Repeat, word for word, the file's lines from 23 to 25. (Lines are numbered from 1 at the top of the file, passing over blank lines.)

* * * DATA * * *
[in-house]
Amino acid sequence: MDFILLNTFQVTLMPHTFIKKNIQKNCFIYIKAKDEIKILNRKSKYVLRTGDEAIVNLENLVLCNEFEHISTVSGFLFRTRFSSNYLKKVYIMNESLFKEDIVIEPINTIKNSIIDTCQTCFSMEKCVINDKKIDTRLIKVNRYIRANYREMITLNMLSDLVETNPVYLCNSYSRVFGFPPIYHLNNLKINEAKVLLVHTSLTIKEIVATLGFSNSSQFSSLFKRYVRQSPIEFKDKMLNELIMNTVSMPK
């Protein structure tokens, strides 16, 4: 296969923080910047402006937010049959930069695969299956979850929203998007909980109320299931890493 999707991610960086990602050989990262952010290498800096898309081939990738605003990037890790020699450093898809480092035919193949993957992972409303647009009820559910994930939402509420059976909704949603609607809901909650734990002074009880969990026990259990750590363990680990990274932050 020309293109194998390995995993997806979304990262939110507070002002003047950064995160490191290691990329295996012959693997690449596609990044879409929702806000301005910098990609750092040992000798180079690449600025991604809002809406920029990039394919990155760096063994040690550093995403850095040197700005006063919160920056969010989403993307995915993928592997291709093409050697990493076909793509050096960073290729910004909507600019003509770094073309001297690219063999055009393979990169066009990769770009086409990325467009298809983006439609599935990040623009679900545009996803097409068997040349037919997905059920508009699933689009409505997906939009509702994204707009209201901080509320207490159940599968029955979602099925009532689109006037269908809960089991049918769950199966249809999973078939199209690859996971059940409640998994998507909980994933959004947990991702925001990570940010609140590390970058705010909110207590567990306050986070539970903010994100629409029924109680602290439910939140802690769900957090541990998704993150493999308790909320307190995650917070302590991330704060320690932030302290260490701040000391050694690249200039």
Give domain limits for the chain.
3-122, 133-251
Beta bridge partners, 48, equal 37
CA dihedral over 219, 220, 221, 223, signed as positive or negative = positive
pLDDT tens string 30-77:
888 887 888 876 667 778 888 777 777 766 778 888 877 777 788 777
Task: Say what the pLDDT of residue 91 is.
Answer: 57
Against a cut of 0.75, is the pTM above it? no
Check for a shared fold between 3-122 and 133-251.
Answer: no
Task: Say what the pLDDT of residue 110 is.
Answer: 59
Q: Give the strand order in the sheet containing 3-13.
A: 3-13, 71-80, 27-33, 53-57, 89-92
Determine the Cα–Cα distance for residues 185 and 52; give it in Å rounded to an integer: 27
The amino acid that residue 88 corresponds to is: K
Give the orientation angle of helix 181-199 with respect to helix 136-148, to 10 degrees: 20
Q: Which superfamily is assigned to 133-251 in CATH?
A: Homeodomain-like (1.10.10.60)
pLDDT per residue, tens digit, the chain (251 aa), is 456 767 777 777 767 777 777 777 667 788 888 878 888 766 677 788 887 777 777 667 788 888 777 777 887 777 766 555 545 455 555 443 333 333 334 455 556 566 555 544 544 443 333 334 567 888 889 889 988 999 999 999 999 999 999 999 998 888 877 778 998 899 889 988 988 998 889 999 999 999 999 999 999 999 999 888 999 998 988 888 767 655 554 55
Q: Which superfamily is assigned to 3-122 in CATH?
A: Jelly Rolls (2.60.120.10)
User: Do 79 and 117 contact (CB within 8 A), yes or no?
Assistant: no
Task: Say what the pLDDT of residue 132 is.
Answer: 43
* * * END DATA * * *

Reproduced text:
A: Homeodomain-like (1.10.10.60)
pLDDT per residue, tens digit, the chain (251 aa), is 456 767 777 777 767 777 777 777 667 788 888 878 888 766 677 788 887 777 777 667 788 888 777 777 887 777 766 555 545 455 555 443 333 333 334 455 556 566 555 544 544 443 333 334 567 888 889 889 988 999 999 999 999 999 999 999 998 888 877 778 998 899 889 988 988 998 889 999 999 999 999 999 999 999 999 888 999 998 988 888 767 655 554 55
Q: Which superfamily is assigned to 3-122 in CATH?